As much as any other filmmaker who found a niche in a given genre, in the 10 Westerns Anthony Mann directed from 1950 to 1958 he carved out a place in film history as one who not only reveled in the conventions of that particular form, but also as one who imbued in it a distinct aesthetic and narrative approach. In doing so, Mann created Westerns that were simultaneously about the making of the West as a historical phenomenon, as well as about the making of its own developing cinematic genus. At the same time, he also established the traits that would define his auteur status, formal devices that lend his work the qualities of a director who enjoyed, understood, and readily exploited and manipulated a type of film's essential features.
Though he made several fine pictures outside the Western, Mann as an American auteur is most notably recognized for his work in this field, where his own characteristic approach is inseparable from the traditional norms on the genre. By the time he started making Westerns, Mann had directed nearly 20 films, the best of which were low-budget features like T-Men, Railroaded! and Desperate, all 1947, and Raw Deal, in 1948. These were accomplished and expertly crafted film noir, and despite any budgetary constraints he may have had, Mann displayed an extraordinary visual technique, highlighting the distinctive imagery of this film form: shadows, guns, cigarettes, trench coats, canted angles, urban structures, etc. Taking the manner in which he exalts the standard stories and style of noir, when Mann next set his sights on the Western, he similarly explored the composition of that genre and called explicit attention to its specific generic traits.
Mann the author, as Robin Wood notes, is therefore a divided individual. There is Mann the author of these "B movie noirs" and later, Mann the author of epics like El Cid (1961) and The Fall of the Roman Empire (1964). "Certainly one can trace, through all of these, specifiable recurring characteristics of style and theme that would point to an overall author called Anthony Mann," writes Wood. "Yet when an artist shifts into a new genre he becomes, inevitably, a somewhat different author. …Which is to say that one cannot isolate 'authorship' from the conventions, narrative patterns, audience expectations, through which it is expressed."1 Given the comparable quality and quantity of Mann's Westerns, and despite these outlying generic visits that bookend his career, to know Anthony Mann the filmmaker is to know the Anthony Mann Western. For without having found the genre within which he could most evidently express his stylistic and thematic concerns, Mann may not have developed into the unique filmic artist he became, and the Western as an ever evolving form would not have entered one of its key transitional phases as it did. Wood also cites Roland Barthes, who, he writes, "proclaimed the 'Death of the Author,'" adding that, "The author did not write, s/he was written—by ideology, primarily, but also by all the conventions, narrative patterns, generic formulae which support it and are, in their turn, at root ideological."2 It is perhaps into this that one can place Anthony Mann. Yet far from killing off his role as an author, when Mann began to shape and be shaped by the Western, he and the genre thrived in ways impossible had that relationship not been founded.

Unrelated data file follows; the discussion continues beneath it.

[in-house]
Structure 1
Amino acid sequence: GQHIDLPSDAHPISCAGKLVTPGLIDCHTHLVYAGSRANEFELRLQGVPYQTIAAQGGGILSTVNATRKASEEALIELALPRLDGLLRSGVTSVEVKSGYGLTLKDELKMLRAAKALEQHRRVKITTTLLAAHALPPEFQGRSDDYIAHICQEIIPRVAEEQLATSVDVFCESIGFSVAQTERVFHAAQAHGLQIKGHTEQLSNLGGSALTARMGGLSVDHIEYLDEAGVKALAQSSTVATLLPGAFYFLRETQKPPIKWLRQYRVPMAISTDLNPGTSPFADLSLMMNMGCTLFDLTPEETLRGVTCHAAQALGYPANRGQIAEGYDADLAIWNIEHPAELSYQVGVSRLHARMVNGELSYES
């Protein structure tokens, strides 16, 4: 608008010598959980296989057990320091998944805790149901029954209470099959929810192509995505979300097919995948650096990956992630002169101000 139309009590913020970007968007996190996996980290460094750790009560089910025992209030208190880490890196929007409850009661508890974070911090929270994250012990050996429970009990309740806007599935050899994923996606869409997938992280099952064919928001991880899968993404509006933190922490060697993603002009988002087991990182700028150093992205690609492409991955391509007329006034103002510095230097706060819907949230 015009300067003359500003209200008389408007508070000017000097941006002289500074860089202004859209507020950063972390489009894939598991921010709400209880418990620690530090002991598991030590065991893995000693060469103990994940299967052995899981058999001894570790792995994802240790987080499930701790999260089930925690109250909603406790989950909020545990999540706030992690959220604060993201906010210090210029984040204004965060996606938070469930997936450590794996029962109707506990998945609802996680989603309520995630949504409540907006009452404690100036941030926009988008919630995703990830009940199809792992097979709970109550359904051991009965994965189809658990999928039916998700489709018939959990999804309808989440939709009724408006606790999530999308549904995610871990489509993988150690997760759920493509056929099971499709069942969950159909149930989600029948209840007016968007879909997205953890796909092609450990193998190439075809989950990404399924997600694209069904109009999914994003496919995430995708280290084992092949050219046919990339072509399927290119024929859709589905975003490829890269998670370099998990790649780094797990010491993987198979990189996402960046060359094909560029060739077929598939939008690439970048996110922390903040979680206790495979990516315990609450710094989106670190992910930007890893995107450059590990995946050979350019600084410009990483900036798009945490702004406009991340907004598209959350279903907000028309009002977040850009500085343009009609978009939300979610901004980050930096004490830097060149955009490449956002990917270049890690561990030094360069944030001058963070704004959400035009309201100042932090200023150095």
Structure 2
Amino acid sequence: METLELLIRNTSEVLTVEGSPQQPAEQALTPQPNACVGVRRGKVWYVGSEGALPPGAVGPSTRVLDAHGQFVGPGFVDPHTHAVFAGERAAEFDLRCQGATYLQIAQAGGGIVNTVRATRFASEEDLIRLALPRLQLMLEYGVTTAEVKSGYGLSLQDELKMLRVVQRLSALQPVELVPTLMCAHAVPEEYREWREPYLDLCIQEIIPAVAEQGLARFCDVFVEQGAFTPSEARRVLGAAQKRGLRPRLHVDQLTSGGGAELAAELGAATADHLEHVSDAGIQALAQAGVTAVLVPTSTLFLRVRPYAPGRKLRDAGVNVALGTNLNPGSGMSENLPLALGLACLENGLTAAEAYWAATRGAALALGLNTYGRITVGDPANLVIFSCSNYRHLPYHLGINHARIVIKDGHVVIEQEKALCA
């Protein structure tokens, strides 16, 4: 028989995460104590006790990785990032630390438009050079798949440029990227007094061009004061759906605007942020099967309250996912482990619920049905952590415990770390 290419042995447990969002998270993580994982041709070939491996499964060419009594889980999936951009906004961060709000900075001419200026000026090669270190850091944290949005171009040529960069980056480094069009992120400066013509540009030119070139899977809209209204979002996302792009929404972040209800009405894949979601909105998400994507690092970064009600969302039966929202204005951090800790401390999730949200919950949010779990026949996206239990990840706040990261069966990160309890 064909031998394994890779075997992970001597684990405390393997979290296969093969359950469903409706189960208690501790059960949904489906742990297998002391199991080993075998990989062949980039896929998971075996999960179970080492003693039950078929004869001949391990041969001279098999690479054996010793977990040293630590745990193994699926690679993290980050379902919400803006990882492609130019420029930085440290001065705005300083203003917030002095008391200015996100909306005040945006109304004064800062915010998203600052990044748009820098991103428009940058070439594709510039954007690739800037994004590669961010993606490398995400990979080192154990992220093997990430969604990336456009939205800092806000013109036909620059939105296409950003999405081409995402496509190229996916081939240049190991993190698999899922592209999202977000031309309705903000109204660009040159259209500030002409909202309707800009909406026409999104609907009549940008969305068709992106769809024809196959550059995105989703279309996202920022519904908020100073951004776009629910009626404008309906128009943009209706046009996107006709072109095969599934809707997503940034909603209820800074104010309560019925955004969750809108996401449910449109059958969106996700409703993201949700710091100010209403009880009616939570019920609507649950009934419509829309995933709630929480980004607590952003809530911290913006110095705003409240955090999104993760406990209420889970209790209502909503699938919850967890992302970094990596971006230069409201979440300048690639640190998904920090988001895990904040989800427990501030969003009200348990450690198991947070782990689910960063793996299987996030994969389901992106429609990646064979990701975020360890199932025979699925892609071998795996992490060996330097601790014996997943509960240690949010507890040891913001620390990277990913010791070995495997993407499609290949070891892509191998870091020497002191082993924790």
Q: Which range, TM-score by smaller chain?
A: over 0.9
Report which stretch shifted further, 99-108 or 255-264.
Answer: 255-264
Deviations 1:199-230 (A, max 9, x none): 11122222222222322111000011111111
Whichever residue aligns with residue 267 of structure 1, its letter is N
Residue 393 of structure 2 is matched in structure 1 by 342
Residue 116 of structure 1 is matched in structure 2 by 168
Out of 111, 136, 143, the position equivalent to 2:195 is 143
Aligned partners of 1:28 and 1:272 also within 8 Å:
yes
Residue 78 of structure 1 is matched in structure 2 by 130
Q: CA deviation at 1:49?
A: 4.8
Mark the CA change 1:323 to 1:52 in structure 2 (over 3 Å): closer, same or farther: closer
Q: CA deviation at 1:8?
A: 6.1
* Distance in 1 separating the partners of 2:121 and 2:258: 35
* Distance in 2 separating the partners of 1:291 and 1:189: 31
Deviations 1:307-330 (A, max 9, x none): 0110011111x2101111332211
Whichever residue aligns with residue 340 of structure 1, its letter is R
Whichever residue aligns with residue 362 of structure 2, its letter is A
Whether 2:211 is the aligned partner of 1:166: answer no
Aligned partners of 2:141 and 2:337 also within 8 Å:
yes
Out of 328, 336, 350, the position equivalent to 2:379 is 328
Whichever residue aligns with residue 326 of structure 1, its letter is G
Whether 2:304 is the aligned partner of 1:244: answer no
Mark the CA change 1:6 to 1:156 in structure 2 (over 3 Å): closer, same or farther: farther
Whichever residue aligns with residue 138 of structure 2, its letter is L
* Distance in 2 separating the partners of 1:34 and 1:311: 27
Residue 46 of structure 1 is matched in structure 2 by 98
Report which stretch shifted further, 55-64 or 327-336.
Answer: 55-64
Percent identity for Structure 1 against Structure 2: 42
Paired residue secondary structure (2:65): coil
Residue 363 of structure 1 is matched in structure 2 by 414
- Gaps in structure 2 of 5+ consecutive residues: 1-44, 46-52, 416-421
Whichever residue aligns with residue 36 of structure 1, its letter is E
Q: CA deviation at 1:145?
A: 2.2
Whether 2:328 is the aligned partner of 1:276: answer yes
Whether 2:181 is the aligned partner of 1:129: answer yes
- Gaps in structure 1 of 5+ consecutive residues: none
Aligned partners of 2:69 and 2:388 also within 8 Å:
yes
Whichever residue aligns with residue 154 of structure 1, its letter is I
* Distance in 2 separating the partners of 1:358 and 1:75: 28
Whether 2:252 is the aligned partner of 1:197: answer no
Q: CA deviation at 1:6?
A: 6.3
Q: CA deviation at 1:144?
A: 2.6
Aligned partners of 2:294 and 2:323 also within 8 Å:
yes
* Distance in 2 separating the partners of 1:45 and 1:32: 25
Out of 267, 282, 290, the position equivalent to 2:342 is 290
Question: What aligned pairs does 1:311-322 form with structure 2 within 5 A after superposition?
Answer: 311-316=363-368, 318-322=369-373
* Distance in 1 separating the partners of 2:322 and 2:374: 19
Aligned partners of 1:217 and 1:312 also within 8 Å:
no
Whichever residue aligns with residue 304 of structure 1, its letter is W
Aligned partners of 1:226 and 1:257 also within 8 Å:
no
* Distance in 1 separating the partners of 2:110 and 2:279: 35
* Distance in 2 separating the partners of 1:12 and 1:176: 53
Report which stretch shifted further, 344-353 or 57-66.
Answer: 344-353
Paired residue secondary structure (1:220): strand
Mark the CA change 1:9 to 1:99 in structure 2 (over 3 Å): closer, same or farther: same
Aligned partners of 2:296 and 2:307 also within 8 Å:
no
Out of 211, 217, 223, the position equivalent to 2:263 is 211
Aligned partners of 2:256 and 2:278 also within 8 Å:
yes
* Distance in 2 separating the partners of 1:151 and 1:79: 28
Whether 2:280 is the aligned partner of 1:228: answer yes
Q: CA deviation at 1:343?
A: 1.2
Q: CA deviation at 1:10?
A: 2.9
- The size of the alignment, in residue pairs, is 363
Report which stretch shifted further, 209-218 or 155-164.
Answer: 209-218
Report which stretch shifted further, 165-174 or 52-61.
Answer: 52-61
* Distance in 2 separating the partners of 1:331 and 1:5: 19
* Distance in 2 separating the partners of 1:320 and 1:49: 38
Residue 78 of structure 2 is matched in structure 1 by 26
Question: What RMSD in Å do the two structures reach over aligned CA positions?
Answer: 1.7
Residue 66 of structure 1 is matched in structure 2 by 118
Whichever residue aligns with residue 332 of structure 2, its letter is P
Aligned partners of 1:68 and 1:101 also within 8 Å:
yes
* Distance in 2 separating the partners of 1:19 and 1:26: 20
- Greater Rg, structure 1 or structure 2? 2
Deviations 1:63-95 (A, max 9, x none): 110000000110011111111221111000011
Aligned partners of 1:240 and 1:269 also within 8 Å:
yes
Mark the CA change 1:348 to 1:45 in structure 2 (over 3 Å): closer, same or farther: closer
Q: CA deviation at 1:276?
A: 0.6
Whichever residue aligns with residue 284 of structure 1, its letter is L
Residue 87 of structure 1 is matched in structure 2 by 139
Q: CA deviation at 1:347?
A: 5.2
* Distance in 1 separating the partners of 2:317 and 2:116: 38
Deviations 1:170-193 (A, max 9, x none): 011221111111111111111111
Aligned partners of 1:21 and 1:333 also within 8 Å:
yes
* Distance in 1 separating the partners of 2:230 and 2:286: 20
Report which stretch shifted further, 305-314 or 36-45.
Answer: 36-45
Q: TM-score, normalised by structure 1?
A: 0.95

In line with the structurally self-conscious Western that was emerging in the 1950s, in which a "new sensibility comes into contact with the traditional forms of the genre,"3 Mann's continued exploration of the very anatomy of the genre emphasizes the placement and purpose of its traditional iconography (the landscape, rifles, horses, ropes, wagons, and attire) and showcases variations on its central themes (vengeance, familial responsibility, Native American interaction). André Bazin has argued that Mann is "probably the one postwar American director who seems to have specialized in a field into which others have made only sporadic incursions." And as he did, his films revealed a "touching frankness of attitude toward the Western, an effortless sincerity to get inside its themes and there bring to life appealing characters and to invent captivating situations."4
This being said, every Mann Western subsequently bears most if not all the significant hallmarks that designate it as a distinctive take on the genre. One film in particular that strikingly refines the quintessential themes, techniques, and generic investigations that so preoccupied Mann is The Man from Laramie (1955), the final of eight films he made with James Stewart, of which five were Westerns. This picture is exceptionally emblematic of how the two mutually deconstructed one of Hollywood's staple genres and concurrently redefined one of its most amiable star personas. In Stewart, just as in the Western genre itself, Mann found a cinematic mechanism with which he could redefine the Western while also now having the embodiment of an individualistic, auteurist worldview.